“We hold people’s bags,” she says.

The Standard and Bunk Cabins are 7 feet long and the beds are around 6 feet long, large enough for an average-sized person but perhaps a tight fit for someone taller.

Larger Captain’s Cabins with their own bathrooms are available as well. And with prices starting at $99 a night, upgrading to the larger cabin would still run you less than a regular hotel nearby.

An historic ballroom with a bar, lounge and mezzanine plus a rooftop with views of the Hudson River provide entertainment for those who want to get out of their rooms.


In addition to the Yotel New York, travelers can try out this micro-hotel in London’s Heathrow and Gatwick airports. Expansion plans are in the works for Boston, Brooklyn, San Francisco, Miami, Dubai and Singapore.

The smallest room, found at the airport locations, is 75 square feet. Rates at the New York location average around $200. Travelers can book at the airport locations in four-hour blocks.

With rooms that small, some features have to be customized. Yotel recently introduced the adjustable “SmartBed by YOTEL” created in partnership with Serta. Think of a Barcalounger for beds. Guests can convert the bed into a sofa for TV watching or working on their laptops.

Having trouble sleeping? The Yotel channel broadcasts a “Yawn” video to help induce sleep. The bizarre video of a man yawning is effective at making viewers want to close their eyes.

And in a nod to how important technology is to the modern-day traveler, the Yotel New York has a YOBOT on full display. The automated luggage storage and retrieval facility provides entertainment while taking care of luggage.


Rooms at CitizenM in Manhattan’s Theater District feature interesting technology such as a digital artwork display that lets guests select whichever contemporary piece of art they want to stare at.

Samsung touch-screen MoodPads control the TV, music, window blinds, temperature and alarm. Wi-Fi is complimentary.

All rooms at CitizenM are 170 square feet, and each has a king-sized bed that is about 6′ 6” long. Rates start at $199 in New York.

There are five European properties in addition to the New York CitizenM. Plans are in the works to open more in the United Kingdom, France, Taiwan and USA.

“Our travelers appreciate an inspiring environment, a place where they really connect to the atmosphere, a great sleep experience … without having to pay the high rates of a typical boutique hotel,” says Noreen Chadha, commercial director, USA, for CitizenM.

Yet the New York property has the vibe of a boutique hotel. A hip bar plays curated music. A shop features books by Mendo, a popular Dutch store. And a rooftop bar called Cloud Bar has a fireplace and outdoor terrace. For now, it’s only open to guests.


Marriott’s brand for Millennials debuted in September 2014 with the opening of the Moxy Milan. More than 150 properties will be added to the collection in the next 10 years.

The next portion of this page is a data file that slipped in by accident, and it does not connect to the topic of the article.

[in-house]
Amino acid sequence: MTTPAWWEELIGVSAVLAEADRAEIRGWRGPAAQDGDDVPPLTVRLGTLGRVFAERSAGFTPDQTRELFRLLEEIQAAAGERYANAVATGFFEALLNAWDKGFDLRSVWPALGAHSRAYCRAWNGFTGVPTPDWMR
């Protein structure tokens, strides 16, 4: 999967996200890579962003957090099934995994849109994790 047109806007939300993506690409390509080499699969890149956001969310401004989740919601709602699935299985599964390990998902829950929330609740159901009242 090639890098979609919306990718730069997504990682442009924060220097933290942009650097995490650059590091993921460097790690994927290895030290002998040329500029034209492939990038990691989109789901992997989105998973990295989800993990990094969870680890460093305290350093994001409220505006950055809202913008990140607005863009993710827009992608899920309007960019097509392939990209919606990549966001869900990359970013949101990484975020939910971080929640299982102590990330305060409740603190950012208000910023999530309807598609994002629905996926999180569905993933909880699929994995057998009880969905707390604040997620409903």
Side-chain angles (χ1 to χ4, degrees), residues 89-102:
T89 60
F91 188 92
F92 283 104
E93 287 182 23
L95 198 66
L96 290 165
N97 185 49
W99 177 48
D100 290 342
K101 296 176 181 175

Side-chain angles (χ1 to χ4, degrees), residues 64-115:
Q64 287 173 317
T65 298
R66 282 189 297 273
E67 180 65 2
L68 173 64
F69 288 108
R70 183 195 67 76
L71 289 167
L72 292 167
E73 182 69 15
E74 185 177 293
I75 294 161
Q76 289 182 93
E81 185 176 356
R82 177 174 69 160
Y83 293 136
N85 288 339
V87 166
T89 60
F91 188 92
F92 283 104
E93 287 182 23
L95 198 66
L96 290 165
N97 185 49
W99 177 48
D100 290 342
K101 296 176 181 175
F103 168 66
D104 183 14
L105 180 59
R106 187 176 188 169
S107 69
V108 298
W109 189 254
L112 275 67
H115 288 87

What can guests expect when Moxy finally arrives in the USA next year?

Public spaces with four zones: a welcome area, library and plug-in area, food and beverage outlets, and lounges.

Bedrooms, on average 186 square feet, have an open storage concept with a peg wall. A platform bed has “underbed” motion sensor lighting. The bathroom has a one-compartment layout with a shower and vanity.

There’s free Wi-Fi and keyless entry with your mobile phone.

Guests can buy food at Moxy’s 24/7 self-service station. The bar is full-service.

The Guestbook is a digital platform that collects stories, pictures, and videos from travelers. They are broadcast on the website, Instagram and on hotel screens.

The definitive ranking of hotel chain rewards programs

It doesn’t take a lot of work to be loyal to Marriott, Hilton or IHG. If you stumble into a town – any town – you’re reasonably likely to wind up at one of their hotels. On the other hand, it takes work to be loyal to programs that are smaller like Starwood Preferred Guest and Hyatt Gold Passport. That’s why smaller programs have to try harder. They need to give you a reason to be loyal.

US News offers a ranking of the best hotel rewards programs. It isn’t very good. (In fairness, the attempt is better than their airline frequent flyer program rankings.)

JD Power also tries to rank hotel loyalty programs. (Here’s my strong critique of JD Power’s survey, to which JD Power offers a spirited defense in the comments.)

The key thing to understand is that different programs do different things well – to understand the value proposition of each, and pick the one whose strengths match what you value most.

  • Hyatt Gold Passport has the best elite benefits, and the best value redemptions if you like to spend your points for suites, but has a small footprint. There are only about 500 hotels in the chain.
  • Starwood Preferred Guest offers strong elite recognition and has some of the nicest hotels. The program isn’t nearly as rewarding as others for the spend you do at their properties.
  • Hilton HHonors is everywhere. They have fantastic value awards for low-end hotels, with the best hotels much more expensive. Their mid-tier Gold elite level is the best combination of easy to get and rewarding (although their Diamond level is not comparatively strong, and can be had for just $40,000 in spending each year on their credit card).
  • Club Carlson has the cheapest reward nights. The problem is that the chain is relatively small, and most of the hotels aren’t very nice. Their elite benefits aren’t competitive. Club Carlson is strongest in Europe.